This is the first in more to come about the proposed $45 per university student tariff - a more than 1,300 % increase over the current basic charge. Access Copyright (“AC”),the proponent, is probably Canada’s fastest growing and least understood collective. It started out as a reprography collective right after the 1988 reform package was proclaimed. Its initial cash flow came conveniently from a lucrative multimillion dollar contact with the Federal Government. It has since managed, with little effective resistance, to convince Canadian provincial governments, school boards, colleges and universities to pay well over $30 million a year into its coffers. The only actual Copyright Board challenge to date that has gone to fruition resulted in a big loss for the K-12 school boards and the provinces ultimately behind them under the umbrella of the Council of Ministers of Education, Canada (“CMEC”). This loss was recently confirmed by the Federal Court of Appeal. More about this and whether this case will go to the Supreme Court of Canada below.

But reprography is becoming obsolete and AC has already decided to move on to “digital”. This ought to be interesting because, in addition to certain other potential serious problems, AC lacks digital rights from a lot of creators and publishers who have been understandably reluctant to involve third parties such as Access Copyright.

Here’s a good piece on AC’s problems in terms of future legislation and its attempted incursion into digital rights by Gary Rodrigues, a former Co-Chair of AC when it was known as CanCopy.

AC also wants to push back on the CCH v. LSUC decision from the Supreme Court of Canada. It has won a temporary partial but significant victory on this front in the Board’s K-12 decision and the recent Federal Court of Appeal decision upholding it. But that may not hold and AC has been understandably muted about its victory proclamations.
Now, AC wants to impose a $45 per head digital, etc. tariff on post secondary students at universities and $35 at colleges. The date for filing an objection is AUGUST 11, 2010. Lots of people and institutions may wish to object. How to do so is explained below.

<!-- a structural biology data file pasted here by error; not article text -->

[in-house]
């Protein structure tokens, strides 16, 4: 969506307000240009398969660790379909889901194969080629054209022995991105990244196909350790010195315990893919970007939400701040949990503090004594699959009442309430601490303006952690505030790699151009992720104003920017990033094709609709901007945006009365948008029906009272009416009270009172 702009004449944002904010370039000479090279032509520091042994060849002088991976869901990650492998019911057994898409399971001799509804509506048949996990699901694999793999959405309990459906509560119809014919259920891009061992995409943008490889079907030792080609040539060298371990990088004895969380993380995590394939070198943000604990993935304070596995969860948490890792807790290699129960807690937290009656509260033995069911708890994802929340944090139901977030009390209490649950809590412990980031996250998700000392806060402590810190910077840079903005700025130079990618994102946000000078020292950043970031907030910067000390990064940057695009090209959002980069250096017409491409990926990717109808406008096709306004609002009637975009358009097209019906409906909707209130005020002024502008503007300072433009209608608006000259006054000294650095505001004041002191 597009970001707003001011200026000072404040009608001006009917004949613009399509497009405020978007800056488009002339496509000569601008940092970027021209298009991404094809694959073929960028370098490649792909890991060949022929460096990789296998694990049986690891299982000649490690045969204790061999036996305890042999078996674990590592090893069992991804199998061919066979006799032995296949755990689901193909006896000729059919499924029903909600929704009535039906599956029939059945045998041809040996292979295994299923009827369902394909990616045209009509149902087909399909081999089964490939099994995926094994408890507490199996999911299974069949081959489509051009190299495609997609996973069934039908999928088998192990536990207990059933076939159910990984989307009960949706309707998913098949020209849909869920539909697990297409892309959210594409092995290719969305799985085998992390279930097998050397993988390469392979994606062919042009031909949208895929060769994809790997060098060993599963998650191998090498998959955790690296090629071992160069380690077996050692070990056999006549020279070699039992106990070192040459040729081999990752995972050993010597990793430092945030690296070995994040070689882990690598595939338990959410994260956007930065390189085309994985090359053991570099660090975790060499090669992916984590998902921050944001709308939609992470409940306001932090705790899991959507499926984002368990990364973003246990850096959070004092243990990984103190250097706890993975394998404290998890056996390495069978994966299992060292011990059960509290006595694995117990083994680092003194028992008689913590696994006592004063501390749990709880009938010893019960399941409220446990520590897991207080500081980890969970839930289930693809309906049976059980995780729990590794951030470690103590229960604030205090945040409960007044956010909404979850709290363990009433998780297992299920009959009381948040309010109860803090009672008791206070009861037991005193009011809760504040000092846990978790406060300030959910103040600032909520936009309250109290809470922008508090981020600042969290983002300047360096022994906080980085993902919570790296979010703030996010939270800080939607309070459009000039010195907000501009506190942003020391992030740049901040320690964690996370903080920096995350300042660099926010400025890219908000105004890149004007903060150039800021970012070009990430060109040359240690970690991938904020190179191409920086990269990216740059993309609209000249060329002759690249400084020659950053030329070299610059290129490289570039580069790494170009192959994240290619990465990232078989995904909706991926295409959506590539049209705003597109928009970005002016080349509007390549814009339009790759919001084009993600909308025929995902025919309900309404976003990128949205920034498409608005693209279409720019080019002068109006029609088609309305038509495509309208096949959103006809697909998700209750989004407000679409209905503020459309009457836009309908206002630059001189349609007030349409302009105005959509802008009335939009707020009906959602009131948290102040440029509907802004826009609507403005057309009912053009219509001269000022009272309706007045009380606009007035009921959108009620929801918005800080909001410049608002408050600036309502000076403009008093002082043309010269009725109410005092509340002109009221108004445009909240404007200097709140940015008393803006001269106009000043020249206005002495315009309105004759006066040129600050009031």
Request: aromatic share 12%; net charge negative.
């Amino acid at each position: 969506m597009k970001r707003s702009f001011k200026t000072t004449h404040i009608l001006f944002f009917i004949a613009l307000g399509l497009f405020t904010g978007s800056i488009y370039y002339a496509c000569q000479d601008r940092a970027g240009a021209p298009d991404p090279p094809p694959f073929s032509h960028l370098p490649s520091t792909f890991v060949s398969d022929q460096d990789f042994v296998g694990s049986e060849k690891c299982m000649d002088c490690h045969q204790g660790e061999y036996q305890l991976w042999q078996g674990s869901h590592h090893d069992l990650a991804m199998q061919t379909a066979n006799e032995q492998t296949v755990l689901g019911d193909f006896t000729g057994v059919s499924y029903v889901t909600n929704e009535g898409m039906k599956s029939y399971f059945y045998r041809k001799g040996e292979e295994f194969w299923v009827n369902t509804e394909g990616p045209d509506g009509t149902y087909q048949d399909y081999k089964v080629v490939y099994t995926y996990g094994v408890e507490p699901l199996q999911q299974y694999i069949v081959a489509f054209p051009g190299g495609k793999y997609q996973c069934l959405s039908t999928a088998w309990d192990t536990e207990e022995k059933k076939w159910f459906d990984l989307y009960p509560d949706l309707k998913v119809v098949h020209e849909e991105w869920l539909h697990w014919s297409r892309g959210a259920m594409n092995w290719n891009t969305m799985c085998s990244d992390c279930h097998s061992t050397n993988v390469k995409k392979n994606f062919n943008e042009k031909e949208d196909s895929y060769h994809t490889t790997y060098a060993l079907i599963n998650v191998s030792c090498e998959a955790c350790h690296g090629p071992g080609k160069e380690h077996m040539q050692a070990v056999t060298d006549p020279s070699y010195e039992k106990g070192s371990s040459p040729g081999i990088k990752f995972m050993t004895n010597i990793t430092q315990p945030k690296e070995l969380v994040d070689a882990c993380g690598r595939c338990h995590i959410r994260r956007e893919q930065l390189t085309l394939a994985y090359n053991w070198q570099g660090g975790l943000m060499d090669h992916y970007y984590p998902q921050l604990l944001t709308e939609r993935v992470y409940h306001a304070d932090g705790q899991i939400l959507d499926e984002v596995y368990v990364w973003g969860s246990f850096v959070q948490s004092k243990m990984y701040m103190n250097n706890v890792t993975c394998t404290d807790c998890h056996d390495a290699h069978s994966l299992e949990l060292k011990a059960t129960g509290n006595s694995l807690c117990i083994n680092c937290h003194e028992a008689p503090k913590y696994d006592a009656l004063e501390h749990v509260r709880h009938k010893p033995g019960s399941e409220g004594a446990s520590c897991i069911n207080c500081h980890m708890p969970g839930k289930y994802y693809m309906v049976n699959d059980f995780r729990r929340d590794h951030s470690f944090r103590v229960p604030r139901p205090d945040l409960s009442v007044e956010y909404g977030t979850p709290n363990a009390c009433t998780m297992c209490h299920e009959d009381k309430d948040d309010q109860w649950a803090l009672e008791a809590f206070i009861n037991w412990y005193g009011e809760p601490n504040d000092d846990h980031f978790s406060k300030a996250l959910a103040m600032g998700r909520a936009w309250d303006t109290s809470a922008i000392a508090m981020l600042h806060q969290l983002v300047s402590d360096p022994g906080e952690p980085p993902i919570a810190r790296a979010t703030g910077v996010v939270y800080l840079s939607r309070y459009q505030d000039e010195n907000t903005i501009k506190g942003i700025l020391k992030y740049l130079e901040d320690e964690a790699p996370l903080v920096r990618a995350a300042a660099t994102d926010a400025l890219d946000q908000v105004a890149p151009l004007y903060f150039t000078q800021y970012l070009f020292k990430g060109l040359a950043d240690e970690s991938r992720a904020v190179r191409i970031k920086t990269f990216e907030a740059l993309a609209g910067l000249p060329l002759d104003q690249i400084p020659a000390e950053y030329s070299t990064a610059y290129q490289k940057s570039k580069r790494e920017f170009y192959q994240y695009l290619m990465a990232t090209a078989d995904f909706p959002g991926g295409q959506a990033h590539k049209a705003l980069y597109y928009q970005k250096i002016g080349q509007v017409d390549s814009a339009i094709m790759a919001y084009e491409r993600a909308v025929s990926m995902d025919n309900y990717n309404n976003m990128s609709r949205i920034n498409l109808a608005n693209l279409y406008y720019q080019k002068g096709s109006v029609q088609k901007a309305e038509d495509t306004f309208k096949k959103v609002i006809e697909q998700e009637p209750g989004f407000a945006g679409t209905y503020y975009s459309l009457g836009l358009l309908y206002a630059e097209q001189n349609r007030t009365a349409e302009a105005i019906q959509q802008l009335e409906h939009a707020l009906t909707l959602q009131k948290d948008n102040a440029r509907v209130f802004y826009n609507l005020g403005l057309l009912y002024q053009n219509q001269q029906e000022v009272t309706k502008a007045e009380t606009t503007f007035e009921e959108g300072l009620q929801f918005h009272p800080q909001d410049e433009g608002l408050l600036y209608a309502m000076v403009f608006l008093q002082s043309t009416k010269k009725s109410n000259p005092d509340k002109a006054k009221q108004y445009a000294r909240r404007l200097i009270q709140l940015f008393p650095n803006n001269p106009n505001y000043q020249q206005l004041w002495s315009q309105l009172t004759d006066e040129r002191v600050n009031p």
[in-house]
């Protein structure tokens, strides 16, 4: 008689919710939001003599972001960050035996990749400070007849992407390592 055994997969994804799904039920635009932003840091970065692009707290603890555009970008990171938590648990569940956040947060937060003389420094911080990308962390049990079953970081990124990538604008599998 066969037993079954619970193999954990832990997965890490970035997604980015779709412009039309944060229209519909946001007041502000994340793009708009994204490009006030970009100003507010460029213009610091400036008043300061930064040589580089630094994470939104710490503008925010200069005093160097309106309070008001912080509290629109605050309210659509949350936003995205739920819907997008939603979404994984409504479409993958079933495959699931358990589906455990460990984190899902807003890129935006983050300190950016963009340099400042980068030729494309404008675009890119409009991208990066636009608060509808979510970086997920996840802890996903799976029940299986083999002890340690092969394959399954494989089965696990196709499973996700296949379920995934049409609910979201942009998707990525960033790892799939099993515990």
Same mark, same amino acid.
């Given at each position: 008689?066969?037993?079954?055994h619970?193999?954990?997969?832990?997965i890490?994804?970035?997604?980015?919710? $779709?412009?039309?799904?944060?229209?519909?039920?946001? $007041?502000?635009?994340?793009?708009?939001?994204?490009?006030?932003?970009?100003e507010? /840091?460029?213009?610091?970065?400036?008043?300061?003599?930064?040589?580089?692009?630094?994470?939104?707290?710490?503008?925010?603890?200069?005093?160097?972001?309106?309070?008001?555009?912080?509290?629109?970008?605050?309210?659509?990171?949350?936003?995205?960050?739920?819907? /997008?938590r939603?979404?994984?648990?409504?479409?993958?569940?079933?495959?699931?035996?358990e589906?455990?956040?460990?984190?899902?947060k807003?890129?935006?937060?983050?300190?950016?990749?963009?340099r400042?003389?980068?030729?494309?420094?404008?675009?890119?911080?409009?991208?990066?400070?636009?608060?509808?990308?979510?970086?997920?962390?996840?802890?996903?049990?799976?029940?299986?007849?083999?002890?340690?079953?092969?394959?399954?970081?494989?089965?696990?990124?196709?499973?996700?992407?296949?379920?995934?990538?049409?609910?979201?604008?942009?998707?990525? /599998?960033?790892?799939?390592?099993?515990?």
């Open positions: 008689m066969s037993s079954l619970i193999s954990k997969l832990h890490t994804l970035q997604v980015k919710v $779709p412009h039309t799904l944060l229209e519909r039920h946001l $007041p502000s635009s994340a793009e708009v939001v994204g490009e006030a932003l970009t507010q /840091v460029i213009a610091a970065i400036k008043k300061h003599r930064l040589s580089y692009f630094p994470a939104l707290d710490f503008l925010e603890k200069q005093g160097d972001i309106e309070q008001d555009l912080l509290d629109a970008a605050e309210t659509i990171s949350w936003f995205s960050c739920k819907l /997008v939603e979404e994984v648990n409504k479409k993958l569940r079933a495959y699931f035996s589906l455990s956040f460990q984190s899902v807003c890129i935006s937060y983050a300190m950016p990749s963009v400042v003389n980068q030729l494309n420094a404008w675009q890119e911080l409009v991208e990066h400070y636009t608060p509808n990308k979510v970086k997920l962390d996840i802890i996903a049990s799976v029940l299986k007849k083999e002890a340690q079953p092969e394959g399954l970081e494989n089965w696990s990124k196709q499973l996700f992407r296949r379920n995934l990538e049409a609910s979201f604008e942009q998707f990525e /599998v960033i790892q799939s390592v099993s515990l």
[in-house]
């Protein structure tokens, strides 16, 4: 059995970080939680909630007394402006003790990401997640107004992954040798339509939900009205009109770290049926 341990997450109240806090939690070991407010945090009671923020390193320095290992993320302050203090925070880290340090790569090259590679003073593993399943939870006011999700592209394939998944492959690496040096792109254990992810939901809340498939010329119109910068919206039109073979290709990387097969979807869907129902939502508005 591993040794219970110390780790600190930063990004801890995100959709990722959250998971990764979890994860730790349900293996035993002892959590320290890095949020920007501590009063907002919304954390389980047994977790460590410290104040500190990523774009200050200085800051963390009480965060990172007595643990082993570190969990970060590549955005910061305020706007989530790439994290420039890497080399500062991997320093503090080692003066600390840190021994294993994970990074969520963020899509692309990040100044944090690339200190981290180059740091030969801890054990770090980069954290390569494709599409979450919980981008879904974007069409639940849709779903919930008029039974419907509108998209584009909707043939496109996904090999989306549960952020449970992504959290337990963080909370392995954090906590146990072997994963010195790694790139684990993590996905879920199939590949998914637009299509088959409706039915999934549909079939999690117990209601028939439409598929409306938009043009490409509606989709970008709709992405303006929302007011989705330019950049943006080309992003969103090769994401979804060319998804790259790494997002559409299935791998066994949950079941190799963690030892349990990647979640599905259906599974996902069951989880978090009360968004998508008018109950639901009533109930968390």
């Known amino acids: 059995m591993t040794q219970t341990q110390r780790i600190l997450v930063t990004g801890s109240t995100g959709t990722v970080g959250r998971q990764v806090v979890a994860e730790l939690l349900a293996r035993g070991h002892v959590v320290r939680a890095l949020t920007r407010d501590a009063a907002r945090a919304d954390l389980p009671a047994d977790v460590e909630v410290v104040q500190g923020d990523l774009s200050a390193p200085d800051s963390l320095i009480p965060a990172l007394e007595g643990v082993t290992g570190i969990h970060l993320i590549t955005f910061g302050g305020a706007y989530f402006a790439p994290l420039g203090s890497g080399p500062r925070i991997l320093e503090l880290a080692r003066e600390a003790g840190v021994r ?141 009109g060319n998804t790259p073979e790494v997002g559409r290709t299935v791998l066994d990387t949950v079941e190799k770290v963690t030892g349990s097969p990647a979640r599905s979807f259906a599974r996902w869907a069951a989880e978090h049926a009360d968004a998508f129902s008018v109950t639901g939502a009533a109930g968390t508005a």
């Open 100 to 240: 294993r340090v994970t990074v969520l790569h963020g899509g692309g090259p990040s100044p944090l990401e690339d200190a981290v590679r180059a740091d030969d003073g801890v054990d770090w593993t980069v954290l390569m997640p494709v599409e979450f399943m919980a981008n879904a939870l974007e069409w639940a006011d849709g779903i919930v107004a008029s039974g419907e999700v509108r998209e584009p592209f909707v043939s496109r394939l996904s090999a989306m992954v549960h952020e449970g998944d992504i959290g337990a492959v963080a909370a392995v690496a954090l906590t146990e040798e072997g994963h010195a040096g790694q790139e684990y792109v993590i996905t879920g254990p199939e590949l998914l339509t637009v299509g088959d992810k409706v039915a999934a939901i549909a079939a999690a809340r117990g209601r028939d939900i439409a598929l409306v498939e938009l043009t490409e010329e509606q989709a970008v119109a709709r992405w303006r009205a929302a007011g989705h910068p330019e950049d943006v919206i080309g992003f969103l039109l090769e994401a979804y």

$45 is not a misprint. Moreover, it’s more than 13 times the current base amount per student. The good news, as if anyone would possibly see it that way, is that it’s all inclusive and doesn’t require the intensely disliked $0.10 per page course pack fee. That’s not really much of a concession since the use of photocopied course packs is rapidly becoming obsolete, rather like blank CDs. The future lies in e-reserves and other legitimate uses of the new technology that could soon make Access Copyright itself obsolete if universities decide to exercise their technological and legal options.

The bad news is that this figure is exorbitant and AC is arguably not entitled to much if not most of this money. It is seeking to charge for all sorts of uses that are simply not covered by copyright law or which are or should be regarded as fair dealing according to the Supreme Court of Canada’s landmark decision in the 2004 CCH v LSUC decision. AC also has serious “repertoire” and rights problems, discussed below. AC wants educators and students (i.e. taxpayers) to pay for much stuff and uses that are or should be free, if the law is properly understood and applied. And, as indicated above, AC may have a big gap in terms of digital rights in the very limited actual repertoire that it has in its system. I will, at a later date, blog about its other “repertoire” problems for those who have not read my analysis published about a decade ago.

There is no comparable tariff or other mechanism in the USA to the proposed digital tariff.

Incredibly, the tariff defines a “copy” to include “posting a link or hyperlink to Digital Copy”. So, that would presumably include any website with copyrighted material. For example, take this blog - please! AC apparently expects to be paid whenever a professor posts a link on his or her website to my blog, or Michael Geist’s blog or the Globe and Mail or eBay. That is simply absurd.